The term ‘corporate sustainability’ is increasingly uttered in the business world, and is gradually taking over from ‘corporate responsibility’ – and ‘corporate social responsibility’ (CSR) before it – as the dominant paradigm of international corporate conduct. In the wake of the global financial crisis, it is evident that increasing numbers of business leaders around the world are implementing corporate sustainability programmes. Defined, rather inhumanly, as the integration of economic, environmental, and social factors in enterprise decision-making, corporate sustainability is not just a tag-on, but an integral shift in how businesses are run.
So how can we explain the increasing prevalence of corporate sustainability in the international business community? For one, growing regulatory pressures around the world are forcing investments in environmental protection and consumer safety. Rising commodity prices are also playing their part – making it more important to conserve resources. But perhaps the main driver is that businesses and corporate conduct are – rightly in my view – facing increasing public scrutiny, altering the way they report, and ultimately shifting the level of attention they pay to individual business ‘priorities’. In an uncertain world, they need to show strength and resilience, economically, environmentally, and socially.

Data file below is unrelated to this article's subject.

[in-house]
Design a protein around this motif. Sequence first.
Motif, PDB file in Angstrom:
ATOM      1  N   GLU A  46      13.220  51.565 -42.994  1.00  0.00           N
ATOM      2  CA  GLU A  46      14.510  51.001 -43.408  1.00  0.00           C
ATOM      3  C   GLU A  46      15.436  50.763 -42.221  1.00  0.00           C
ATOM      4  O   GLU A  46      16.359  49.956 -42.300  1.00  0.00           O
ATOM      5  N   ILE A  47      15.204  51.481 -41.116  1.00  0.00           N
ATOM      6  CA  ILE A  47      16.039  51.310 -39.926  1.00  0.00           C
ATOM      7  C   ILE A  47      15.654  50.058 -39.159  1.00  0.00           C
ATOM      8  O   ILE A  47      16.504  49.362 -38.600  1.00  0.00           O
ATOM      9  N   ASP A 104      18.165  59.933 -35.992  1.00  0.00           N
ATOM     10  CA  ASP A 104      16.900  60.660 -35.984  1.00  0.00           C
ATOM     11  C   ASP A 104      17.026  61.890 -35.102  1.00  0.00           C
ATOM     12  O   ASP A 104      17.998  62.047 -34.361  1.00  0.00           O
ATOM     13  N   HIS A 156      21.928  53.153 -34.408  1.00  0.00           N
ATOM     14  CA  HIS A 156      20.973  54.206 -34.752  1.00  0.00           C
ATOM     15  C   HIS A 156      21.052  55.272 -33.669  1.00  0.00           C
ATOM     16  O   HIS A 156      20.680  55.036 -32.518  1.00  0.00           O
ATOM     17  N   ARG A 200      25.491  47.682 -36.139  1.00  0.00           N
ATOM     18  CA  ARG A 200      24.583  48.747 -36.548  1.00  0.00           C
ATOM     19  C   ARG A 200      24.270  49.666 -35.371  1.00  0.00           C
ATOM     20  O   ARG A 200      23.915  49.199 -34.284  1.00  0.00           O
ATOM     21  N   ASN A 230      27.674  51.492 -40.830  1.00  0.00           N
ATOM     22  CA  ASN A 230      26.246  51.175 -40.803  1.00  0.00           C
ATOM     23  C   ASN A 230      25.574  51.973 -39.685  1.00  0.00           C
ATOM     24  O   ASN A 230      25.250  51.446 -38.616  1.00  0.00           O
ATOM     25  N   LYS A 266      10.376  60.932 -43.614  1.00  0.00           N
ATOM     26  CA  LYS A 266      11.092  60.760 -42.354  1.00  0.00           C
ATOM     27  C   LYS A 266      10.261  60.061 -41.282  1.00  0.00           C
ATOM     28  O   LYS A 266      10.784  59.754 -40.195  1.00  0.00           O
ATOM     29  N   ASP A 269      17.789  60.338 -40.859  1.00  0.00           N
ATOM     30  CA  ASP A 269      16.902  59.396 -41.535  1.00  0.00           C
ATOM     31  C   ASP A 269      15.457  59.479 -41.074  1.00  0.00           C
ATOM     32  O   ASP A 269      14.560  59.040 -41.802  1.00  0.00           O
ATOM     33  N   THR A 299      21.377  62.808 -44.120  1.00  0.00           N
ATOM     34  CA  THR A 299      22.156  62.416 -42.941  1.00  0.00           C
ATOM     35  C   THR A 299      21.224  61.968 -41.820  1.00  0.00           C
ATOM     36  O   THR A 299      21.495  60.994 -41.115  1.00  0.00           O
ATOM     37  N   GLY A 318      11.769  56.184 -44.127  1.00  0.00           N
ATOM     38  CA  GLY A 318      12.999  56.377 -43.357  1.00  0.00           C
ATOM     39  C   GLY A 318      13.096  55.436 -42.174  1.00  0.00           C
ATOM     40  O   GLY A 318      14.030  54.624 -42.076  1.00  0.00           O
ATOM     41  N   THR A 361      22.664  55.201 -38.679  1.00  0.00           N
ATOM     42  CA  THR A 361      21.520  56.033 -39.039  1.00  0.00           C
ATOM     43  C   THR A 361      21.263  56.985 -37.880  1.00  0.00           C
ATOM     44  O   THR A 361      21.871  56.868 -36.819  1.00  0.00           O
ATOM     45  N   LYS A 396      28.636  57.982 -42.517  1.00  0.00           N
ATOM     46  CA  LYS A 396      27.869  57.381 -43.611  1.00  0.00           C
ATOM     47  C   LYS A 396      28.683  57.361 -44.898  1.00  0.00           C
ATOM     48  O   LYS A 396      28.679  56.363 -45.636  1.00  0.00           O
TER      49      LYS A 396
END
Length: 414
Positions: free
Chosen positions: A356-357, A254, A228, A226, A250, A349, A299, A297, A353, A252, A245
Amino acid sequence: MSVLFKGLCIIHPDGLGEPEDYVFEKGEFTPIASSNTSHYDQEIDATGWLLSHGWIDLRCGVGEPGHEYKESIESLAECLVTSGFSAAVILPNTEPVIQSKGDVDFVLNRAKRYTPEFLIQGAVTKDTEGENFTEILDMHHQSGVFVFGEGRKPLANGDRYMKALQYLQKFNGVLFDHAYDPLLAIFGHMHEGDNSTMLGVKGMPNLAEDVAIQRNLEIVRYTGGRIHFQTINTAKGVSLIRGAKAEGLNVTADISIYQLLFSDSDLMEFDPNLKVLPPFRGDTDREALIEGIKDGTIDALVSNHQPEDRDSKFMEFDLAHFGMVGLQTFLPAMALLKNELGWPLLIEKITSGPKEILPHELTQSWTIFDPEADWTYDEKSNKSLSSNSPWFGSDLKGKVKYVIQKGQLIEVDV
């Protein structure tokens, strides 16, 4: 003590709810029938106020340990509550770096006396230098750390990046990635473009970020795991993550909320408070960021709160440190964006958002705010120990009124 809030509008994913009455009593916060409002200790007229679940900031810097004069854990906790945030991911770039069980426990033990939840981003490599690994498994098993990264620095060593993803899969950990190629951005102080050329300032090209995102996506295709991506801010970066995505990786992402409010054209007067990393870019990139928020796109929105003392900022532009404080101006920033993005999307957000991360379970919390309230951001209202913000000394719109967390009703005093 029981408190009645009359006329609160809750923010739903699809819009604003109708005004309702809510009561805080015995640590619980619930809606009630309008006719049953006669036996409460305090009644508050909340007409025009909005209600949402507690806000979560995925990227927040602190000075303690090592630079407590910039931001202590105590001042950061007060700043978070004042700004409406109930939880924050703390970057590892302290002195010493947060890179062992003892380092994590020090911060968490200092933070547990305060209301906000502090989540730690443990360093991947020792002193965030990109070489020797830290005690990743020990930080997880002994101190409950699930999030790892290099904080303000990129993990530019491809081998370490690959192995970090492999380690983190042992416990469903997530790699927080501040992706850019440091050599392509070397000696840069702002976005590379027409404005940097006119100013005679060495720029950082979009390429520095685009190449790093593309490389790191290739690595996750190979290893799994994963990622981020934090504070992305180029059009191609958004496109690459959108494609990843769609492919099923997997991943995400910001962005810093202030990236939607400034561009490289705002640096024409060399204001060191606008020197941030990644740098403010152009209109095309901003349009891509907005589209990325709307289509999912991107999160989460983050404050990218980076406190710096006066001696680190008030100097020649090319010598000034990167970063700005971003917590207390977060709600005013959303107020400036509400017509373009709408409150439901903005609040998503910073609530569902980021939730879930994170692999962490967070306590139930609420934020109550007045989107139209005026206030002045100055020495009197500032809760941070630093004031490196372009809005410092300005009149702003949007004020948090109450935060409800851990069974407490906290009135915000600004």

Adoption of corporate sustainability varies depending on company size, industry, geography and ownership structure. Adoption rates are unsurprisingly highest in industries that are heavily regulated and highly brand-sensitive. Right now, European companies are more ‘corporately sustainable’ than American companies, probably because of the stronger regulatory and stakeholder pressures in the European Union. In other regions, corporate sustainability programmes are expanding s (e.g. Africa, Middle East, Asia-Pacific, Latin America), reflecting the growing commitment of governmental agencies and non-governmental organisations to sustainable development. A number of multinational corporations headquartered in emerging markets such as Mexico, South Korea and Taiwan, now rank among the global leaders in sustainability. The growing sensitivity of shareholders to sustainability issues means implementation is greater among public than private companies, and although corporate sustainability take-up is quickening among SMEs, large, resource-rich companies are the more aggressive adopters.
RSM’s Talking Points article on the topic points out that evidence to date suggests the implementation of corporate sustainability programmes positively correlates with financial performance. This shows us its value as a vehicle not only to instill (and be seen to be instilling) corporate responsibility, but moreover, if corporate sustainability is integrated into the ethos of a company, it can boost competitiveness and stimulate profitable growth.
For a fuller analysis of corporate sustainability, see the following link to RSM Talking Points.